An Introduction to the Scottish Longitudinal Study (SLS) Data



Organised by:

Scottish Longitudinal Study Development & Support Unit (SLS-DSU), University of Edinburgh


Prof Christopher Dibben


Entry (no or almost no prior knowledge)


Angela Fallon, 07786056778,


View in Google Maps  (EH12 7TF)


Longitudinal Studies Centre for Scotland
The National Records of Scotland
Ladywell House
Ladywell Road


Join us to learn about the SLS data at this free event via self-learn training material & a hands-on online lab session in R.

About this event:

(i) You will be given access to self-learn training materials (videos) which will focus on the SLS and the types of research that can be done with it, including:

-  Introduction to the SLS and what we can do with the SLS

-  Accessing the SLS and linking health data to the SLS

-  Education data, the SLS Data Dictionary and bringing in external data to your SLS project

ii) On Friday 10th Dec a live hands-on online lab session using SLS synthetic data. The session run in R will include:

-  Variable selection from a SLS project on persons not in employment, education or training (NEET)

-  Recoding variables/exploratory data analysis to get a feel for working with SLS data

Further, this drop-in open session provides an opportunity for anyone interested in using the SLS to ask questions to SLS-DSU staff on the self-learn training materials or about potential research projects using the SLS.

Please note, the self-learn modules (videos) and the SLS synthetic data will be made available in advance of the live session.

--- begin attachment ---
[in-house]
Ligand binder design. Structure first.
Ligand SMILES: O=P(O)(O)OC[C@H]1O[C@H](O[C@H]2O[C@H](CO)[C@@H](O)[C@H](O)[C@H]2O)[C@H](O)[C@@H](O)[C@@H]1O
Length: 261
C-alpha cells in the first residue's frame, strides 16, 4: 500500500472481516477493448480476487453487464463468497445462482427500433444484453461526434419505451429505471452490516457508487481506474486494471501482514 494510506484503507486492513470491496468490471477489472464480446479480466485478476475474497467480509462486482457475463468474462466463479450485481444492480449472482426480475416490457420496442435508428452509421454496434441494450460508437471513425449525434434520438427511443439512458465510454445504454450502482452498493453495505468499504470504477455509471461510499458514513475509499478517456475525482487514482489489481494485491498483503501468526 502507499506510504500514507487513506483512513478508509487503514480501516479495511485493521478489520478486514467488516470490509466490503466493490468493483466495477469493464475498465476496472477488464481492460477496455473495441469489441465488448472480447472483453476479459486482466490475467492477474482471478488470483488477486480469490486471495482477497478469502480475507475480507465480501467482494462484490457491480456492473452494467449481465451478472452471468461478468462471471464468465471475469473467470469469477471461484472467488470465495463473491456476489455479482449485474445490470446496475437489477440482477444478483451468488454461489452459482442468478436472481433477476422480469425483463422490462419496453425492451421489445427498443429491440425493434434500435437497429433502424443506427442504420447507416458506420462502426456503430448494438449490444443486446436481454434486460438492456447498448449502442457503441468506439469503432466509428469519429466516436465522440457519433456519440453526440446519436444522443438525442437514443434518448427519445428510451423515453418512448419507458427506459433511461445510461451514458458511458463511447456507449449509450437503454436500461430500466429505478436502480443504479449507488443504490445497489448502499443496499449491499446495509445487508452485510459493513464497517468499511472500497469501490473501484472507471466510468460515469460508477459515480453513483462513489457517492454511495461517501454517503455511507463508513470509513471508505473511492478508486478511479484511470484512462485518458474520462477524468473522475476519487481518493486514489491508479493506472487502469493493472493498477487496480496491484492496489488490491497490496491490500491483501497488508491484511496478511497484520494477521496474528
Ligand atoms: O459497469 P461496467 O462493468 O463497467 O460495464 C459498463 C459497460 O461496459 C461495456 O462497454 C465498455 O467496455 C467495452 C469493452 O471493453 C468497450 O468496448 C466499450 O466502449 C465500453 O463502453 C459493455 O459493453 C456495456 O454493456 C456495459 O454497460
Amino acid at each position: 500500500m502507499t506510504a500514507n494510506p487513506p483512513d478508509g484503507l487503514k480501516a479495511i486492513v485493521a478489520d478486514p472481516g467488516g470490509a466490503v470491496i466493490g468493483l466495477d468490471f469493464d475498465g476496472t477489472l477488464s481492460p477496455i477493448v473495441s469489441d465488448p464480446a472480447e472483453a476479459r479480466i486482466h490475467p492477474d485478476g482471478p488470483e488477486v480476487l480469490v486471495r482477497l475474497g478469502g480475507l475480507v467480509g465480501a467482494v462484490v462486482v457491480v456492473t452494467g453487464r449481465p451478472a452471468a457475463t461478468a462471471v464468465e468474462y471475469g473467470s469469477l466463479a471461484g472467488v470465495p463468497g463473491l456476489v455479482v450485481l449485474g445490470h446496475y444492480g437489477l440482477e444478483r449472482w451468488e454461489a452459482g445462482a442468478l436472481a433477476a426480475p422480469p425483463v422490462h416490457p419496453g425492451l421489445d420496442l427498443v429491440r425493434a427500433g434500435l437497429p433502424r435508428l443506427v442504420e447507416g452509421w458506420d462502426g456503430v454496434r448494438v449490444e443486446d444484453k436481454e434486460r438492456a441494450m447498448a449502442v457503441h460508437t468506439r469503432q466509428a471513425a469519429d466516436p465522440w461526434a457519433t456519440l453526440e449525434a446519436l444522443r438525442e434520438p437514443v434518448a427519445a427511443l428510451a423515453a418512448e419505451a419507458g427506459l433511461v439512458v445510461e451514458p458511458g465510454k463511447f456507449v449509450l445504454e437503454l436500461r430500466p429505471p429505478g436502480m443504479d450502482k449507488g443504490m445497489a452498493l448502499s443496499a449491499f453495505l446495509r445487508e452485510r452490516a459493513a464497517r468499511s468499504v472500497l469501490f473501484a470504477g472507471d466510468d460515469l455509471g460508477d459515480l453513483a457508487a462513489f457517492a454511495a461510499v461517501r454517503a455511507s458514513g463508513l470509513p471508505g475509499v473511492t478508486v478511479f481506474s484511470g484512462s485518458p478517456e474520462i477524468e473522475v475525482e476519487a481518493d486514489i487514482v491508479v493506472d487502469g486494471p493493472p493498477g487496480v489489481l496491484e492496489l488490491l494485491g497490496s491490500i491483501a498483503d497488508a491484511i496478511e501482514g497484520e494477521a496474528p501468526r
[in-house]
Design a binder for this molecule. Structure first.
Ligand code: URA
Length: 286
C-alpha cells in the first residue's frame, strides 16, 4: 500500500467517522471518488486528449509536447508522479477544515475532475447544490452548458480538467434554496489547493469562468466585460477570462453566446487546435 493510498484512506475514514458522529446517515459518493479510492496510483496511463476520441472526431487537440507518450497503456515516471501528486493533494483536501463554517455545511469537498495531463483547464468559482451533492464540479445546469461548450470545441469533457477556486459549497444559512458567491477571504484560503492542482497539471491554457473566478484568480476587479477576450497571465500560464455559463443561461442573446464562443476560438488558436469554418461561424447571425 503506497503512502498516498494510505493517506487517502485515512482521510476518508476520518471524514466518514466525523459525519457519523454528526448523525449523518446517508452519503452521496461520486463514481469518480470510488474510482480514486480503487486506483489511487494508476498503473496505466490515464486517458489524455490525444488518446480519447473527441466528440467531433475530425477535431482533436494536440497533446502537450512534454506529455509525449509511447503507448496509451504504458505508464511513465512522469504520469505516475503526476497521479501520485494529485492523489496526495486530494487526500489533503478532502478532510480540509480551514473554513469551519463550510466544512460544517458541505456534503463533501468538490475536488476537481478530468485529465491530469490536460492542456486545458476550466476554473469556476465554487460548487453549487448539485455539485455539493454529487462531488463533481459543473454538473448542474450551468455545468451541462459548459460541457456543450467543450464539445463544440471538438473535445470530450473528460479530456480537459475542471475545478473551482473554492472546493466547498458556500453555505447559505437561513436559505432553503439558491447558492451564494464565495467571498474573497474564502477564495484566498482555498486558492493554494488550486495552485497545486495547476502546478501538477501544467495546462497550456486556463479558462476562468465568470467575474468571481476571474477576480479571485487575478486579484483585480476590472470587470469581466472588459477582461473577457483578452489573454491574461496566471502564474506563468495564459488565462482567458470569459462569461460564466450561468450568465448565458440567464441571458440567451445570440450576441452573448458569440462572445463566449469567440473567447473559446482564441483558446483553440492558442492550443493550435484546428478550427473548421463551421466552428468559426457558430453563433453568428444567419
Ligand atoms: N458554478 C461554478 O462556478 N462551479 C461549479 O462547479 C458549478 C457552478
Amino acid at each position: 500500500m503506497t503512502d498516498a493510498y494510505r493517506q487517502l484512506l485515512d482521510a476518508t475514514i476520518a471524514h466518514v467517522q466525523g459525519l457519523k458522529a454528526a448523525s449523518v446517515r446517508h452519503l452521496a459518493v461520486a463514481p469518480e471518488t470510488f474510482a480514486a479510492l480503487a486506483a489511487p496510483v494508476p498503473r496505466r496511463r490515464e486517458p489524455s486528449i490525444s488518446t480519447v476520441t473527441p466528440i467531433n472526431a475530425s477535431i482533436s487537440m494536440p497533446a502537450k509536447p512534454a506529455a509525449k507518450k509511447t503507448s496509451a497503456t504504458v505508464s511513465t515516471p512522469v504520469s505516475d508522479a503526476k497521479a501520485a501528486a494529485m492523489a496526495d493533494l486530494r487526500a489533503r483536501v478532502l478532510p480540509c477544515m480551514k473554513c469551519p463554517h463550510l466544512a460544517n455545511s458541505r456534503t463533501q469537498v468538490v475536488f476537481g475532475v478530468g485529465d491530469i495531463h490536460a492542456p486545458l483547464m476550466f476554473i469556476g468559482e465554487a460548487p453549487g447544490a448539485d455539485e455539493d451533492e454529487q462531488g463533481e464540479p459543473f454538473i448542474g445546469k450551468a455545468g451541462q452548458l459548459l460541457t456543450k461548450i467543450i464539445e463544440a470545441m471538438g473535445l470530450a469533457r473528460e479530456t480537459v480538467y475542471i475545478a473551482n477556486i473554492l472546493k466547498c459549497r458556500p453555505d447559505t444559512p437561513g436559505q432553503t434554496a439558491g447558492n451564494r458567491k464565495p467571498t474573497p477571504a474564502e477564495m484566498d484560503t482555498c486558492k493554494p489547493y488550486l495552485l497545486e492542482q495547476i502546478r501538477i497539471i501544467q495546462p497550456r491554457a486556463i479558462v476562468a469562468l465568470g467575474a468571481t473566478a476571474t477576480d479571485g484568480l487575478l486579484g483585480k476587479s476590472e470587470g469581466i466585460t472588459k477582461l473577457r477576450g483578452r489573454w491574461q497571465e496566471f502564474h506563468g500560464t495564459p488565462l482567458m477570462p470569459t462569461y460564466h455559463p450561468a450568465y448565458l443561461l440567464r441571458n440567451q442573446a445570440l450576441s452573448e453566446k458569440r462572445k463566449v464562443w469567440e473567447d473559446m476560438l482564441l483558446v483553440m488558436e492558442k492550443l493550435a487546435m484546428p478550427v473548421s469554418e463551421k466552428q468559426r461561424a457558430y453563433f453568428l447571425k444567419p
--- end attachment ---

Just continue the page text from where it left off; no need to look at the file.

About the SLS:

The Scottish Longitudinal Study (SLS) SLS links together routinely collected administrative data for a 5.3% representative sample of the Scottish population (about 270,000 people). It includes a wealth of information from the censuses (1991-2011), vital events registrations (births, deaths, marriages), and education data from 2007 onwards. The SLS with appropriate permissions can also be linked to other health data sources including cancer registry and hospital admission data. The size and scope of the SLS make it an unparalleled resource for analysing a range of socio-economic, demographic and health questions, including those which are based on reasonably rare events. The longitudinal nature of the SLS is particularly valuable, it provides insights into the health and social status of the Scottish population and, how it changes over time. More info from:



Website and registration:




Longitudinal Research , Longitudinal Studies, population data,

Related publications and presentations:

Longitudinal Research

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